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Where is the larynx located? Posterior to sternohyoid. Anterior to laryngopharynx. Medial to carotid sheath & thyroid glands. Extends from C3-C6.
How many cartilages form the laryngeal skeleton? What type of cartilage make up most of the skeleton? The least? Nine. 3 single. 3 paired. Most of it is hyaline. The EPIGLOTTIS & other small stuff is elastic.
What are the cartilages (parts, I suppose) that make the laryngeal skeleton? Epiglottic cartilage, thyroid cartilage, cuneiform cartilage, corniculate cartilage, areytenoid cartilage & cricoid cartilage
What things are formed when the 2 laminae come together to form the thyroid cartilage? Will form laryngeal prominence (adam's apple), superior thyroid notch, inferior thyroid notch (less distinct).
What comes off the posterior limits of the thyroid cartilage? Posterolaterlally? Posteriorly, are the superior and inferior horns. Posterolaterally is the oblique line and the superior and inferior thyroid *tubercles* that are expansions of the line.
Which cartilage is the only one that completely encircles the airway? What is its function? Is it larger anteriorly or posteriorly The cricoid cartilage. Provides support to inferior part of larynx. Enlarged lamina in the back, thin arch in the front, so larger posteriorly.
Where do the arytenoid cartilage lie? What do they articulate with? In posterior aspect of larynx, in btwn the thyroid cartilage laminae. Base articulates with cricoid below. Apex articulates with corniculate cartilage.
What attaches to the vocal process of the arytenoid cartilage? What about the muscular processes? The vocal ligaments to vocal processes. Intrinsic laryngeal muscles ( posterior cricoarytenoids, lateral cricoarytenoids, transverse arytenoids & oblique arytenoids) to the muscular processes.
Where is the epiglottic cartilage located? Where does it attach? Posterior to root of tongue & hyoid. Is unattached superiorly. But will attach to thyroid cartilage (anteriorly internal surface) via thin cartilage stalk.
What do the corniculate cartilages articulate with? Their bases will articulate with the apices of the arytenoid cartilages
Where are the cuneiform cartilages located? Anterior to the corniculate cartilages. W/in aryepiglottic folds.
What are the changes you'll see in laryngeal cartilage as you age? More superior in babies and children. In puberty, laryngeal prominence more obvious in males b/c testosterone. These will start to ossify as you get old.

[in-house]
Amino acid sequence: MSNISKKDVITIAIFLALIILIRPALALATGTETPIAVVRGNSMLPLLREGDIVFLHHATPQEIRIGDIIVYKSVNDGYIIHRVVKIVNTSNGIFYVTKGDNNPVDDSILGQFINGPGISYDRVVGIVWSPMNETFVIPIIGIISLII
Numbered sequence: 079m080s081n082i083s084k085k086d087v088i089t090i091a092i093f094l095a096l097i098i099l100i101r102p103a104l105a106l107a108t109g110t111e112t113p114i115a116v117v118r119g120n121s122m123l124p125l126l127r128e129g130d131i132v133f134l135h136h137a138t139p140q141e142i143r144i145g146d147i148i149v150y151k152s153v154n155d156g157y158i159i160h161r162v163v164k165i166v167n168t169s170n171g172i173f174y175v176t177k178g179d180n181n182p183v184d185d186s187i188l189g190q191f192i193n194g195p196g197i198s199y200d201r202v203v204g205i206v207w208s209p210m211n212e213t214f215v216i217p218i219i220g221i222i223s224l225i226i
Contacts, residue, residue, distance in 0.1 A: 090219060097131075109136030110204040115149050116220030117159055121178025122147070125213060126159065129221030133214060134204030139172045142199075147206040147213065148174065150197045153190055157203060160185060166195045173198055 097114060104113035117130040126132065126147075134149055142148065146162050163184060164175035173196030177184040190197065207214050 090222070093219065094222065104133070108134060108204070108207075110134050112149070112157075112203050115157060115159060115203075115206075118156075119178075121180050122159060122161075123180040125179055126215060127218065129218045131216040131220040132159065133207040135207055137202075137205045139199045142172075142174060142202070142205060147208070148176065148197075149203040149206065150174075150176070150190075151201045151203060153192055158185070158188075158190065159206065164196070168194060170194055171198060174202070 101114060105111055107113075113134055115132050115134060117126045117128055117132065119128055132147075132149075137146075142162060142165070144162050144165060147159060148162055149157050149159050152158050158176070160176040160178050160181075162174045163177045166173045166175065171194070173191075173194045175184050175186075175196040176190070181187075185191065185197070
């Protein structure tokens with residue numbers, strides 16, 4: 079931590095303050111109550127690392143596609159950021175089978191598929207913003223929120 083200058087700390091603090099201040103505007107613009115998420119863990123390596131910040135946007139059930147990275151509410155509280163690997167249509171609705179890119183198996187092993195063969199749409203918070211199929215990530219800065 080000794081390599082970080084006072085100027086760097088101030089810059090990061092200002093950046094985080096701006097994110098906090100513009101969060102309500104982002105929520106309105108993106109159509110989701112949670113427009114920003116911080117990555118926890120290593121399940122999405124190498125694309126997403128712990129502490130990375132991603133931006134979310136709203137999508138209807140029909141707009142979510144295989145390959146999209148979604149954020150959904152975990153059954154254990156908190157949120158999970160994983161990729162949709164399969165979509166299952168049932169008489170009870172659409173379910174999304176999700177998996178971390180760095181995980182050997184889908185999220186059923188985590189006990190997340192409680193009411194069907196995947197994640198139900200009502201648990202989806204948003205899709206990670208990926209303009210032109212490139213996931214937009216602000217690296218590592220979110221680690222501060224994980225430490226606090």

What are the extrinsic ligaments of the larynx? Thyrohyoid membrane. Hyoepiglottic ligament. Cricothyroid ligament.
Where is the thyrohyoid membrane thickened? What can you find in it? In the middle/midline, forming median thryohyoid ligament. In the posterior edges, making the lateral thyrohyoid ligament, which may contain triticeal cartilage. There will also be opening for superior laryngeal VESSELS & internal laryngeal NERVE
What are the intrinsic ligaments of the larynx? Conus elasticus/cricothyroid ligament. Quadrangular ligament. Thryoepiglottic ligament.
Where does the cricothyroid ligament attach? From superior surface of cricoid cartilage to vocal processes of the aryetenoid cartilages and the inner surface of angle btwn thyroid laminae.
Where is the cricothyroid ligament thick? What do we call the rest of the ligament that isn't thick? Anteriorly, where it forms the median cricothyroid ligament. The lateral cricothyroid ligament.
What is the vocal ligament? The upper edge of the cricothryoid ligament, formed by the attaching of it to the arytenoid cartilages & inner surface of angle btwn thyroid laminae.
Where is the quadrangular ligament located? Running in btwn lateral parts of epiglottic and arytenoid cartilages. Under the mucosa (b/c it's submucosal).
Where does the quadrangular ligament attach? To arytenoid cartilage posteriorly just inferior to apex. And then to thyroid cartilage just superior to where vocal ligaments attach along the inner surface of the angle btwn thyroid laminae.
What forms the vestibular ligament? The free inferior margins of the quadrangular ligament w/in the vestibular fold.
What forms the aryepiglottic ligament? The free superior margin of the quadrangular ligament w/in the aryepiglottic fold.
What does the aryepiglottic fold contain? Corniculate & cuneiform cartilages.
What does the thyroepiglottic ligament do? Attaches the tapered part of epiglottic cartilage to internal middle part of thyroid midline.
What are the joints found in the larynx? What kind of joints are they? Cricothyroid joints & cricoarytenoid joint. They're both synovial.
Where is the cricothyroid joint? Formed btwn medial side of inferior horns of THYROID cartilage & lateral surfaces of cricoid cartilage.
What happens to the vocal folds when thyroid cartilage tilts anteriorly? Vocal folds are tensed when thyroid cartilage tilts anterior AT cricothyroid joint.
Where is the cricoarytenoid joint? Btwn base of arytenoid cartilages and posterosuperior aspect of cricoid cartilage.
Why is it important that the cricoarytenoid joint is synovial? Allows arytenoids to slide & pivot on cricoid, which allows abduction/adduction of the vocal ligaments.
What is the larynx continuous with? Pharynx superiorly. Trachea inferiorly.
Where does larynx open superiorly? What is the opening bound by? At laryngeal inlet/aditus, where it opens into ANTERIOR part of pharynx (just behind tongue). Bounded anteriorly by epiglottis, posteriorly by artyenoids and the aryepiglottic folds.
Where does larynx open inferiorly? Well...it's continuous with trachea...And always open. Is completely encircled by cricoid.
What are the divisions of the larynx? Vestibule. Middle pt of laryngeal cavity (laryngeal ventricle). Infraglottic space.
Where does the vestibule start and end? Superior boundary is laryngeal inlet. Inferior boundary are the vestibular folds. Can also say that the inferior boundary is the rima vestibuli.
What is the rima vestibuli? The space formed btwn the 2 vestibular ligaments enclosed in the vestibular folds.
Where is the middle part of laryngeal cavity? What does it contain? Narrow space btwn vestibular and vocal folds. The laryngeal ventricle, laryngeal saccule, and the glottis.
What is the laryngeal ventricle? What does it form? A gap btwn the vocal folds and vestibular folds. It forms an extension anterosuperiorly just behind the thyroid cartilage, into a kind of pouch. The saccule holds many mucous glands.